Swimmers should avoid swim practice after a second-degree burn until healing is complete
Whether from too much sun or an accident that causes damage to your skin and deeper tissues, a second-degree burn is not only painful but can sideline swim practice until the skin is healed.
You can swim with burns while wearing a waterproof bandage within one to two days of the injury, says Lauren Ploch, a board-certified dermatologist in Augusta, Ga. Otherwise, the wait time depends on where the wound is located and its width, as some body areas heal faster than others, she adds.
If you don’t want to wear a waterproof bandage, you should avoid swimming until the burn is fully healed and no blistered or broken skin remains, says Dana Ellis, a board-certified dermatologist practicing in Newport Beach, Calif., who represented Canada in the pole vault at the 2004 Olympic Games.
There could be a higher risk of infection if you swim before the burn is fully healed, says Hayes B. Gladstone, president of the Gladstone Clinic in San Ramon, Calif., and former director and associate professor of dermatologic surgery at Stanford University.
Swim practice with broken skin should be avoided, whether it’s done in a chlorinated pool or the open water, Ellis says.
“Exposing broken skin to the chemicals in pool water or the high salt content of ocean water can cause irritation and possible infection,” she says.
Gladstone says there is a higher risk of infection with open water swimming.
“However, there is still bacteria in a chlorinated pool, and the chlorine can cause further irritation of the skin,” he adds.
Swimming after a second-degree burn can lead to complications when chemicals penetrate the layer of disrupted skin and cause problems with healing and possibly lead to infection, Ellis says.
Swimmers should first treat a blister or second-degree burn by soaking it with cold water— a cold compress—held to the skin to decrease pain, Ellis says.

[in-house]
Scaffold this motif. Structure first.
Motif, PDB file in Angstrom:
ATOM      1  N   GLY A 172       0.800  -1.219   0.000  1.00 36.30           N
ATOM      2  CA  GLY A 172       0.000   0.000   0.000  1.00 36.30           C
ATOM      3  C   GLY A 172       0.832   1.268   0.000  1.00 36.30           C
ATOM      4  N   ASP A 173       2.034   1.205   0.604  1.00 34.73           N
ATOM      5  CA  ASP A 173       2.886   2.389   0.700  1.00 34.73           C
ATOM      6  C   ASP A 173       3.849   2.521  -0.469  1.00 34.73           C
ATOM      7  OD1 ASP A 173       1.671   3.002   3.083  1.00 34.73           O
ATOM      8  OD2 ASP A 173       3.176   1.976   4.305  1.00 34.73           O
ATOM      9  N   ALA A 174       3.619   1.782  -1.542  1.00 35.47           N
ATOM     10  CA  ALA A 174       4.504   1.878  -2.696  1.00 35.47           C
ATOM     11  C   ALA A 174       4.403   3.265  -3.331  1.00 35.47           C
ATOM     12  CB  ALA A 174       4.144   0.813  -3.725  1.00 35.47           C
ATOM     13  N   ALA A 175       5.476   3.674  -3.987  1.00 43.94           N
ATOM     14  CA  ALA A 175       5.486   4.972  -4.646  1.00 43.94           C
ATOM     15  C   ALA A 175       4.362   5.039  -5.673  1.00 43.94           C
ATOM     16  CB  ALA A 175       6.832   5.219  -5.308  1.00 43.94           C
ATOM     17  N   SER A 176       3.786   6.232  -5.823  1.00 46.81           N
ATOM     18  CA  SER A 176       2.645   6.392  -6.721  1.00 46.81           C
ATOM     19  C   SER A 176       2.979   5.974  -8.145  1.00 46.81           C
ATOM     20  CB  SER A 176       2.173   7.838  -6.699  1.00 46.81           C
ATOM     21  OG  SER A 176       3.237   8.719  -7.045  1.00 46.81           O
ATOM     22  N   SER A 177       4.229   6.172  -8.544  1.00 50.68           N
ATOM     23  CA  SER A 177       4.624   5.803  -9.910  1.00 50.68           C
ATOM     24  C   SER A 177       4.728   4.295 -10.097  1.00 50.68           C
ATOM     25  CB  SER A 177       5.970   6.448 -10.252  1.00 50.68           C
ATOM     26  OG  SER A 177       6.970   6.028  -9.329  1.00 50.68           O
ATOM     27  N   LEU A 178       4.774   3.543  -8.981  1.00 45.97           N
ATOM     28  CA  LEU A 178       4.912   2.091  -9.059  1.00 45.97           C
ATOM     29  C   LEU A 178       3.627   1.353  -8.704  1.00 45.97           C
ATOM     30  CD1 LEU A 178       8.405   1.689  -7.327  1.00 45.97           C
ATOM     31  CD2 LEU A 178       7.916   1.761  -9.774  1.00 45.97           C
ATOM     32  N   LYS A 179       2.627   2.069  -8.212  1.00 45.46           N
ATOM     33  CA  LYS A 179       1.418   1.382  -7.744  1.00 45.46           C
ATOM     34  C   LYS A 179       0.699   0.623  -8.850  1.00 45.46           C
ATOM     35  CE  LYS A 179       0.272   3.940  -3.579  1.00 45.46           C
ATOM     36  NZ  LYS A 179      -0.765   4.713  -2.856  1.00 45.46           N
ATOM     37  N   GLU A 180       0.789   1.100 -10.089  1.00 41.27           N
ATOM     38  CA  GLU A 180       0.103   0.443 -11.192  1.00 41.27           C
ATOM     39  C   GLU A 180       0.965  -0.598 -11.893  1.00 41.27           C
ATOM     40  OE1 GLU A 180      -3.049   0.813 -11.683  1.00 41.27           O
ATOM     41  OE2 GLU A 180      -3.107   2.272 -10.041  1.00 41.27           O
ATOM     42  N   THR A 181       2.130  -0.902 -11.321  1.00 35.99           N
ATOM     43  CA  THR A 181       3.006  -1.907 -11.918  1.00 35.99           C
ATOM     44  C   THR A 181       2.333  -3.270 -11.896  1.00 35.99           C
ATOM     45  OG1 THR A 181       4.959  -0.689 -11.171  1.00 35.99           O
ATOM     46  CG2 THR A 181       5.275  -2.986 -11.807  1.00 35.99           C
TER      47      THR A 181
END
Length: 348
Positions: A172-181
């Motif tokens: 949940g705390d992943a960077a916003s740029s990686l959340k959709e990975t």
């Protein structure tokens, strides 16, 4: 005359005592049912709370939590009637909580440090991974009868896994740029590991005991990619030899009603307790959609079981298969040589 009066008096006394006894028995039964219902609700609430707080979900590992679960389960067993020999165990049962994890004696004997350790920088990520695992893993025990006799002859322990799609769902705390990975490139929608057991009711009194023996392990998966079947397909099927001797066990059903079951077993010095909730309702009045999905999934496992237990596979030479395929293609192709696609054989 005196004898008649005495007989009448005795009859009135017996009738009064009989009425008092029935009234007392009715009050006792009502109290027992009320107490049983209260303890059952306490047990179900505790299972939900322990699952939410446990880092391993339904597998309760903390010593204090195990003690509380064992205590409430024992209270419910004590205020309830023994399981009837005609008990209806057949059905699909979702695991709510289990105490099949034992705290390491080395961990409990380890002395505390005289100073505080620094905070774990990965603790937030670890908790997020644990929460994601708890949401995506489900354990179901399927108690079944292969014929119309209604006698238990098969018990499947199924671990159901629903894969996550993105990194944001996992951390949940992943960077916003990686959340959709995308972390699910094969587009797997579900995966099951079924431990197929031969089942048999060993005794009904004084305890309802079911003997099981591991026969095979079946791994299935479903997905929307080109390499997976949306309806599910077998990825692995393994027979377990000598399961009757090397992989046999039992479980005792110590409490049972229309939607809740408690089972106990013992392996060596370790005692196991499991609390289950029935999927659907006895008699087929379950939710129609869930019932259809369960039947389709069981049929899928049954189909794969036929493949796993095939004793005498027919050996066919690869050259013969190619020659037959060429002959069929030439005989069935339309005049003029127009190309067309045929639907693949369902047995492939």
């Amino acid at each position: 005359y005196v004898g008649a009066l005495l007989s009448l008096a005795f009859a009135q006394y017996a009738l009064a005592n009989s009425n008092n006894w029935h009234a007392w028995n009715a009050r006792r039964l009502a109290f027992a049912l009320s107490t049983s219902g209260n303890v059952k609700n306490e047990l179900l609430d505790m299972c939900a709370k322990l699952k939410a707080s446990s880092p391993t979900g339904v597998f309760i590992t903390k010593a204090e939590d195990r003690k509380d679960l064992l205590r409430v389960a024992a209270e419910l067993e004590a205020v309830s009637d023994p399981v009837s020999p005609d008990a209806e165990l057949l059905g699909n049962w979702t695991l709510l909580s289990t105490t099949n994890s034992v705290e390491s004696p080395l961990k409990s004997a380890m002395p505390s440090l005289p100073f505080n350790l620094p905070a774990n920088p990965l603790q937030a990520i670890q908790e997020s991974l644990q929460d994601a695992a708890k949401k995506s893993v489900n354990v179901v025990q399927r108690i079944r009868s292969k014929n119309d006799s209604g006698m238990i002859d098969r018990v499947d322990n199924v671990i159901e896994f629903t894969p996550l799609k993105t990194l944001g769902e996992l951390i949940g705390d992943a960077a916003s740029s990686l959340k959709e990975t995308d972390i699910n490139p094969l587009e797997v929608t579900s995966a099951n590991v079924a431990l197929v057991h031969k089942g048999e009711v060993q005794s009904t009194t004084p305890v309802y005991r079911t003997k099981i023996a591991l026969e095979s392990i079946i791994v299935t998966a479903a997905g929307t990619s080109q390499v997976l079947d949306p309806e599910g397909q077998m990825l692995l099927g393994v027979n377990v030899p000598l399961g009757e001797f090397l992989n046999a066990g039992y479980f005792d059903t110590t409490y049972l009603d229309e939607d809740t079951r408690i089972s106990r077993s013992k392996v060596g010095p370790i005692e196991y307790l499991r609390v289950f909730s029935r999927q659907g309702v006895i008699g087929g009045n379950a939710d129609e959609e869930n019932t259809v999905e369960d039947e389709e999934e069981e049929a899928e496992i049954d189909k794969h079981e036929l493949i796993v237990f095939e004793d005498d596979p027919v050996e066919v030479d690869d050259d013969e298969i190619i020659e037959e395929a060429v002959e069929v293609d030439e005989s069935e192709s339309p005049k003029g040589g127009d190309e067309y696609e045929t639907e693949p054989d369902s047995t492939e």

“Ice should never be applied directly on a burn,” she says. “Antibacterial cream and a nonstick dressing or bandage applied and changed daily can be used to prevent infection. Ibuprofen or acetaminophen can be taken to help control pain and swelling.”
Ploch recommends washing wounds daily with warm water and a mild soap, followed by a rinse and a pat dry. Apply a healing ointment such as Vaseline, Vaniply Ointment, or CeraVe Healing Ointment and apply a bandage.
For those who do not have an allergy to sulfa, a silver sulfadiazine cream such as Silvadene can be prescribed, Gladstone says.
“Initially applying an antibiotic ointment for the first 48 to 72 hours twice per day to the burn and using Vaseline or Aquaphor at least twice per day will help reduce the risk of infection and aid in healing,” he adds. “Your skin likes to be moist.”
With treatment, second-degree burns usually heal with little or no scarring within about three weeks, Ellis says.
While accidents leading to second-degree burns sometimes cannot be avoided, there are measures swimmers can take to prevent second-degree burns from the sun.
“Many people develop second-degree burns from extended exposure to the sun,” Ellis says. “Sunburns can be prevented through the regular application of sunblock. A broad spectrum, water-resistant sunblock of at least SPF 30 is best, and frequent reapplication is key.”
It’s crucial to reapply sunblock every two hours, Gladstone says.
Choosing sunblock offers better protection against UVA and UVB rays that can cause burns and skin cancer, he adds, recommending products containing zinc oxide and titanium dioxide.
- Technique and Training